After Nice, think concrete, not mass surveillance

By Bonnie Kristian

It didn’t take long for some responses to last week’s horror in Nice, France, to swerve into the absurd. Newt Gingrich grabbed early headlines with his draconian and unconstitutional proposal to test every Muslim in America (as if real terrorists would answer honestly?) while another commentator facetiously suggested President Obama would attempt to ban “assault trucks.”

Yet even the more restrained reactions carry with them an implicit—and implicitly false—promise: that the politician speaking knows how to fix this. That the right expansion of government power or programs (and it always is an expansion, isn’t it?) can stop such attacks, can quell our fears, can keep us absolutely safe.

That is an easy lie, and a comforting one to hear when we suffer such a recurrent nightmare as terrorism, but a lie it yet remains. The much harder truth is that even the most totalitarian state with the tightest borders, the most invasive spying. and the most aggressive war machine cannot keep us perfectly secure.

That is not to say we should not act to prevent the repetition of this monstrous incident, but rather that now is the time when discernment and realism are needed most.

The specifics of the Nice attack bear out the necessity of a measured approach over knee-jerk reaction. As we learned soon after the incident, the man responsible, Mohamed Bouhlel, was a Frenchman of Tunisian ancestry with no history of fanaticism. He had a record of petty crime, yes, but his interactions with law enforcement never raised more serious alarms. France maintains a more expansive surveillance state than even America, but still Bouhlel “was not known to any intelligence services, local or national, as having links to radicalism.” (The Islamic State has declared responsibility for the attack, but law enforcement have yet to find any evidence supporting what one counterterrorism expert called ISIS’s “cheap claim.”) And though he obtained one pistol, the rest of the weapons in Bouhlel’s truck bizarrely turned out to be fake.

In other words, it is difficult to imagine how any political “solution” could have prevented such an onslaught. How do you stop a madman who shows no sign of his intentions?

Even if Bouhlel is found to have a real tie to ISIS, how can further military intervention in the Mideast discourage someone who is functionally a lone wolf?

Flippant quips about assault trucks aside, how do you preemptively disarm someone whose primary weapon is his vehicle?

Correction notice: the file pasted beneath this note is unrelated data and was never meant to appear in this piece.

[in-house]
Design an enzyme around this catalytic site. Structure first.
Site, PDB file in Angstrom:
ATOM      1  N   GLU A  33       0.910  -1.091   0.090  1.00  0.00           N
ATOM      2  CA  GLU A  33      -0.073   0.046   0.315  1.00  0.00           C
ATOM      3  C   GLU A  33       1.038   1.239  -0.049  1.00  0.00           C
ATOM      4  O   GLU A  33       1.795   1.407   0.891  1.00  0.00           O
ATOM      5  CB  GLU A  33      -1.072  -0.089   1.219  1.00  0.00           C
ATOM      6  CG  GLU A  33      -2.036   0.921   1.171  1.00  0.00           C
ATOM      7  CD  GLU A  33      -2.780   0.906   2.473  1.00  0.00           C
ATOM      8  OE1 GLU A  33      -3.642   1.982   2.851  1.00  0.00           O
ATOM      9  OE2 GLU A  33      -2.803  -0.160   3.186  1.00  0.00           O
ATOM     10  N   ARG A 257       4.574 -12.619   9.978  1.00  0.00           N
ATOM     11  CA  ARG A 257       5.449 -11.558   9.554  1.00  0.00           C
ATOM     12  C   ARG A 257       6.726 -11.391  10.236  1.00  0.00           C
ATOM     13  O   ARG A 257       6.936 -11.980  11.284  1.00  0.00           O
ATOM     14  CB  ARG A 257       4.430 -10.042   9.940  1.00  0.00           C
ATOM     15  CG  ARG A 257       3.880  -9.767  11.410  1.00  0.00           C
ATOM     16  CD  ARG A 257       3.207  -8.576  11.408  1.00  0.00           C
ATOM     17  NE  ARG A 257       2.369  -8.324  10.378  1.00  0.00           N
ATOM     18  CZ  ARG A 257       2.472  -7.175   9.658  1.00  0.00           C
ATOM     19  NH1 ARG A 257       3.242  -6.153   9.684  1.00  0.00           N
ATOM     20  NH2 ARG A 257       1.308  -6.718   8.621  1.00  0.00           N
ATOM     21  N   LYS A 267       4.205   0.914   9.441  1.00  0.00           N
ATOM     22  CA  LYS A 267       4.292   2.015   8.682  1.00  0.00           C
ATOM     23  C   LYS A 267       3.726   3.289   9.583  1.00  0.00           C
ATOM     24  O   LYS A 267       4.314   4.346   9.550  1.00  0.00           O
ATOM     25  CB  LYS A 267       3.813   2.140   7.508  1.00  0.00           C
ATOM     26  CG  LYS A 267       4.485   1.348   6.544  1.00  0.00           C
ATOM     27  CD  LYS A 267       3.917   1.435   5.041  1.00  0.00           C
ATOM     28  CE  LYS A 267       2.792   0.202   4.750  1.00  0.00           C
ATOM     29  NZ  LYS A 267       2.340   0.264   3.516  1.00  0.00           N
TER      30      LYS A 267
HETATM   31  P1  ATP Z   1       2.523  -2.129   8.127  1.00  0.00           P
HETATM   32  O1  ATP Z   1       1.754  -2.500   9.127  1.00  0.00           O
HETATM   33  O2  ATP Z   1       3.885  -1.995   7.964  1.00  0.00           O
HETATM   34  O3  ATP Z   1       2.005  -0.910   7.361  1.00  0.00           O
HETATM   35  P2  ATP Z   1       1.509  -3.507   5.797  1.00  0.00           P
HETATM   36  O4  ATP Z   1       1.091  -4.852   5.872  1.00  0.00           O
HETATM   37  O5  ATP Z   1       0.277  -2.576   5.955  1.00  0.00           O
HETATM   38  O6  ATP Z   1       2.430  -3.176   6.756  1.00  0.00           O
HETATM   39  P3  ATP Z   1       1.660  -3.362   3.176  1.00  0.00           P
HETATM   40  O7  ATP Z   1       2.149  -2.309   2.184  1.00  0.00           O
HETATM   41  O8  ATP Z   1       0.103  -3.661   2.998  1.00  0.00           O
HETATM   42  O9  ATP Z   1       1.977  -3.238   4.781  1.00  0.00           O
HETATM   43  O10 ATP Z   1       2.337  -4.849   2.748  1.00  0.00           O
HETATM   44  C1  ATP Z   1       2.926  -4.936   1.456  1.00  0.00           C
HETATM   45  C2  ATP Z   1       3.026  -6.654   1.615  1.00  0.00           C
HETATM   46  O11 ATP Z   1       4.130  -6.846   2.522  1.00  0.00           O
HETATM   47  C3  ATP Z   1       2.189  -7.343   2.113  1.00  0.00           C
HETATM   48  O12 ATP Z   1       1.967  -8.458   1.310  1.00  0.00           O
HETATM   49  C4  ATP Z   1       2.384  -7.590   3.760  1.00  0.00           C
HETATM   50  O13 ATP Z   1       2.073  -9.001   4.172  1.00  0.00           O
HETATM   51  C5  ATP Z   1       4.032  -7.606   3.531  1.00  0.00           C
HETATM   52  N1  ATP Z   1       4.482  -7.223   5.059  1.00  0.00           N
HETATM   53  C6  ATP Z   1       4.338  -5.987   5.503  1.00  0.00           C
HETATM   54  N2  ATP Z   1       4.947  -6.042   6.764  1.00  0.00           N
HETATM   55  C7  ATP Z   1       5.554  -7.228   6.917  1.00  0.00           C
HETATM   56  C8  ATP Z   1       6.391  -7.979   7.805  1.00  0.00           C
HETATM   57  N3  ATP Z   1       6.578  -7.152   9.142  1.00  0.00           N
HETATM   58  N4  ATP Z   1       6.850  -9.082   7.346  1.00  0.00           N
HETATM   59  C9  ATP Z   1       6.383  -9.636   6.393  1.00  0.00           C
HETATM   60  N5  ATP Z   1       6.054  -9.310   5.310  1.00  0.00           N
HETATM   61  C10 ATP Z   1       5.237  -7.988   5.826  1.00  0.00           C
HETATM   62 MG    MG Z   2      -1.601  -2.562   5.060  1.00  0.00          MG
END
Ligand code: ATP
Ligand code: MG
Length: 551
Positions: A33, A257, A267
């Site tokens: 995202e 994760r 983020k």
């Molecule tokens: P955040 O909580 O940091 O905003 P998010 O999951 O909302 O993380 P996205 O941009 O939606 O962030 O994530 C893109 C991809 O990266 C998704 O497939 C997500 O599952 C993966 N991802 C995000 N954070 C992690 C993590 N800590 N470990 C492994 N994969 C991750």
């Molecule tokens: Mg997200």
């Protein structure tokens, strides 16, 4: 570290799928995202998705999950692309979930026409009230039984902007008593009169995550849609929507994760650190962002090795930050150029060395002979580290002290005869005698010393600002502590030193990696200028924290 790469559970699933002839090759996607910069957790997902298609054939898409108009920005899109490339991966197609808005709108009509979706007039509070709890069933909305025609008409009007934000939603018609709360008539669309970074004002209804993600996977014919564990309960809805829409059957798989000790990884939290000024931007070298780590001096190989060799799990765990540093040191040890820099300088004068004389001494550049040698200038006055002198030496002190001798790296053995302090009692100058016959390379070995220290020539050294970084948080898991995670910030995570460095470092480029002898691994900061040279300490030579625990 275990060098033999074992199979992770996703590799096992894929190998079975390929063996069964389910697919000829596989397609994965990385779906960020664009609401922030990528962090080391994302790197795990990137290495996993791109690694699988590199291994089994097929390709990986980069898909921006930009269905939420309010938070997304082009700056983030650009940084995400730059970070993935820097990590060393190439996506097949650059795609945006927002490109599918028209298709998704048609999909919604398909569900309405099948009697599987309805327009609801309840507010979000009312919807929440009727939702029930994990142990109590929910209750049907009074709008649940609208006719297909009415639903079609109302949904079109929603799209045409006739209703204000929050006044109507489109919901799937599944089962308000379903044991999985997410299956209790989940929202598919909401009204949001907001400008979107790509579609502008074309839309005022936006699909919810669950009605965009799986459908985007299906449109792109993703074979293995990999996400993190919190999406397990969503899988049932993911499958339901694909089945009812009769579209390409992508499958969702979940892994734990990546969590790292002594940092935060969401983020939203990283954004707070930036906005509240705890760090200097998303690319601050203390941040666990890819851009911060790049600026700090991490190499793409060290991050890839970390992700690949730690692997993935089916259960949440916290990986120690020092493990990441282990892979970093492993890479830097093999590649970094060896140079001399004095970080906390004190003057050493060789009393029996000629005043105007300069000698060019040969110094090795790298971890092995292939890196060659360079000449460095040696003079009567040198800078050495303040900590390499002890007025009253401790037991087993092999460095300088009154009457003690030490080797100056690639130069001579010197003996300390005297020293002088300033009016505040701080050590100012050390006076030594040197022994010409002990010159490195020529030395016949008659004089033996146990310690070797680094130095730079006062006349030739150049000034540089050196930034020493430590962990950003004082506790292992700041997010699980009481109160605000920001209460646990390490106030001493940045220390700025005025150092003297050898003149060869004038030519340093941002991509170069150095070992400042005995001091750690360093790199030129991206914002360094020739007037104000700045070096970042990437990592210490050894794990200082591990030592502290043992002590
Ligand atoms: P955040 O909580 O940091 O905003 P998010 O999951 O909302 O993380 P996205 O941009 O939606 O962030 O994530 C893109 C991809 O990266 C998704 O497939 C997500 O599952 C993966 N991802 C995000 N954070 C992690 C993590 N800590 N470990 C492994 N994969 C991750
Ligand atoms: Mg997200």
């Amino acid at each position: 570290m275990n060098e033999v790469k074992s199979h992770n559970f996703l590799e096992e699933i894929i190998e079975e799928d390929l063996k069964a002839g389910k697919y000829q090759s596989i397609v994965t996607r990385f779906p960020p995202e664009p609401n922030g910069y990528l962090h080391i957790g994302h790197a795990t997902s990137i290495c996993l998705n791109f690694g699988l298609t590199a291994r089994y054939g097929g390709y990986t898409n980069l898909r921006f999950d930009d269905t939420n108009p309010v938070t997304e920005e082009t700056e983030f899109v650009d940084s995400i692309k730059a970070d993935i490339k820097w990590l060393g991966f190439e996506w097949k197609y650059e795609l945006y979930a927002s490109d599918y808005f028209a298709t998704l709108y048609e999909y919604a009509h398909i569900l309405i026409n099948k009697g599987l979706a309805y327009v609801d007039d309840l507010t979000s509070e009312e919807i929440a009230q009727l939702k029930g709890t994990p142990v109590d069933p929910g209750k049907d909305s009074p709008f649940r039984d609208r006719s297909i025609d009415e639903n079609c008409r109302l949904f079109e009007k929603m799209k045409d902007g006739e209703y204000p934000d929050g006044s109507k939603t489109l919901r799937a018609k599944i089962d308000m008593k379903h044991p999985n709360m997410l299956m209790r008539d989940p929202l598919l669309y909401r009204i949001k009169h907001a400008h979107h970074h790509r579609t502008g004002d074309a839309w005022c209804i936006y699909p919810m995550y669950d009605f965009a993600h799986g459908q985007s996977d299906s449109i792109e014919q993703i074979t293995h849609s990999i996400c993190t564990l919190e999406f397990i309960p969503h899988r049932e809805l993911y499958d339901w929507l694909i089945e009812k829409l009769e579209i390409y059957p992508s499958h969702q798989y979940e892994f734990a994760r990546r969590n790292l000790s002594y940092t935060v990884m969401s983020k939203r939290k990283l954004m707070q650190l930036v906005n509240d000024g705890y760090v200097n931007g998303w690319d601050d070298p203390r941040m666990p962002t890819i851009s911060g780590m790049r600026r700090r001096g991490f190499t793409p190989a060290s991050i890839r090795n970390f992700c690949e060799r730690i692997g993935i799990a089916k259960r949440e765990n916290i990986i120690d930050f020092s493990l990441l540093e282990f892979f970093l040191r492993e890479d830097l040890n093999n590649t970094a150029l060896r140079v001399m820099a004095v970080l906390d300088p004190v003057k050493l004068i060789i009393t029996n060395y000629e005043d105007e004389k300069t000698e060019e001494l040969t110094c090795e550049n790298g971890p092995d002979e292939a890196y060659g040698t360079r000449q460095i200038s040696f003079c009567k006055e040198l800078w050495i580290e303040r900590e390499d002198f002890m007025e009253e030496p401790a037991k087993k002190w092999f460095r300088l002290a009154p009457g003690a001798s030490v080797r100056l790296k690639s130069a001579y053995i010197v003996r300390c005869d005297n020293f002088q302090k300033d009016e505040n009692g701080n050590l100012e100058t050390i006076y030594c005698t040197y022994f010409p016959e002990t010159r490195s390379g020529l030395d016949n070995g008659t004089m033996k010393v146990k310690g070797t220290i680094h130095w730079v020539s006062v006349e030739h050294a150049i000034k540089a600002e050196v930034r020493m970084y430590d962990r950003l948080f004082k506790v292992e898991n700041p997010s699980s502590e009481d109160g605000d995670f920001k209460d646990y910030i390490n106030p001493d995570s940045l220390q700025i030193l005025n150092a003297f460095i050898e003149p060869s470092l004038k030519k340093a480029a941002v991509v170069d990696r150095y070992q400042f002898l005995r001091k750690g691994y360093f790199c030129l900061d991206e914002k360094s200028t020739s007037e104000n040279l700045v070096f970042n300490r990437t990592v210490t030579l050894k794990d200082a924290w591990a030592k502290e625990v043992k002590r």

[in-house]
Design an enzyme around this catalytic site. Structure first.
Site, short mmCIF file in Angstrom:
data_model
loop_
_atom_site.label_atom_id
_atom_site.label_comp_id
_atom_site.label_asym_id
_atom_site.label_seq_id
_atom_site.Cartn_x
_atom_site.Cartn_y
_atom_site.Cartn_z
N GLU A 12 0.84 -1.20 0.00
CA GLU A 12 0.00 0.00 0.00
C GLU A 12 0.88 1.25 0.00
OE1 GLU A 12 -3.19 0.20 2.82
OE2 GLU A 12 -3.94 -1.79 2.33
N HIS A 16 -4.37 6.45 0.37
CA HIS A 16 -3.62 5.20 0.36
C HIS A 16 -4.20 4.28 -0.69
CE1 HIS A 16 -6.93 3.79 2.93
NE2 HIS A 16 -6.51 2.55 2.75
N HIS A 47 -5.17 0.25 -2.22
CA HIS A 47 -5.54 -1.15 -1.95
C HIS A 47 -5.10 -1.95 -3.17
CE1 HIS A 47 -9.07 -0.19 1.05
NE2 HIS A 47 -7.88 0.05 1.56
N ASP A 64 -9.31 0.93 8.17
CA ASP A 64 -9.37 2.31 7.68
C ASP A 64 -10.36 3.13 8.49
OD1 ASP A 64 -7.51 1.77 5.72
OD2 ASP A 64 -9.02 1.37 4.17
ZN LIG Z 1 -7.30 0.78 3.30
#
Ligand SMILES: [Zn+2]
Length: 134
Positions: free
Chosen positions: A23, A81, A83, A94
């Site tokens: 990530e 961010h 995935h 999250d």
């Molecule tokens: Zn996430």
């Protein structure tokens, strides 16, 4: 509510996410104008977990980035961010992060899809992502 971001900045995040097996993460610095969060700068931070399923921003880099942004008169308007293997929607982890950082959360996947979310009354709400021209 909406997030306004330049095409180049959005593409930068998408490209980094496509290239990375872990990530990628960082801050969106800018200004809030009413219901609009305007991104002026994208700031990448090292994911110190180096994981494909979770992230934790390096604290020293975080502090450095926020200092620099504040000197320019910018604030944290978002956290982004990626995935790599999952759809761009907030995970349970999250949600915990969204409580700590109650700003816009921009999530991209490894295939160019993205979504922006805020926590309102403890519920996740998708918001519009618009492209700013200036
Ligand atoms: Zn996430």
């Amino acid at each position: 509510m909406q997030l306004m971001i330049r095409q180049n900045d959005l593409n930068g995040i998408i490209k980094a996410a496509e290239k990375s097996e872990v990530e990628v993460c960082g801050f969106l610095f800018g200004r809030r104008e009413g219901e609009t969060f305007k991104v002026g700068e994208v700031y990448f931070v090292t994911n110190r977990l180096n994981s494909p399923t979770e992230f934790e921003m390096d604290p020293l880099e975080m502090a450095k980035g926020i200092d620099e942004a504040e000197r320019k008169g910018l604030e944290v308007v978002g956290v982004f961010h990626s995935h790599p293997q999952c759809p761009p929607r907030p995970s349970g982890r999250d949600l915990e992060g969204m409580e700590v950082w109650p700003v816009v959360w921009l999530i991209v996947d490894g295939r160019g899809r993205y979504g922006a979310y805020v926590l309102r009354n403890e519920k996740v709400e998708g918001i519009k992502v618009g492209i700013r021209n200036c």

In short, politicians’ claims to be able to prevent future attacks by layering on more indiscriminate surveillance and war is by and large self-aggrandizing spectacle. “It nationalises and institutionalises public alarm,” as Simon Jenkins wrote at The Guardian. “It leads governments into madcap adventurism abroad and ‘securitises’ the private lives of citizens at home” without increasing real security.

Effective, responsible answers are likely to be more mundane. For instance, as Dominic Casciani details at the BBC, the casualties in Nice could have been significantly limited with well-placed concrete or stone walls or decorative barriers such as those that surround the British Parliament or the New York Stock Exchange.

“Now, fairly obviously, nobody wants to see massive Parliament-style black barriers on the seafront of seaside resorts,” Casciani concedes, “But, again, there are measures that can reduce the risk. Temporary road barriers made of large reinforced concrete blocks can be deployed at public events within hours and can even be securely anchored into the ground with the minimum of disturbance to the landscape.”

To be sure, concrete is not a sexy anti-terror talking point. But this is exactly the sort of creative yet practical preventive measures we must devise to avoid another Nice. It may not have the glamour of spying or the thrill of war, but neither does it infringe on our civil liberties nor cost us dearly in blood and treasure.

And it unquestionably would have stopped that diabolic truck.

Bonnie Kristian is a fellow at Defense Priorities. She is weekend editor at The Week and a columnist at Rare, and her writing has also appeared at Time, Relevant, and The American Conservative, among other outlets.

This piece was originally published be Rare on July 20, 2016. Read more HERE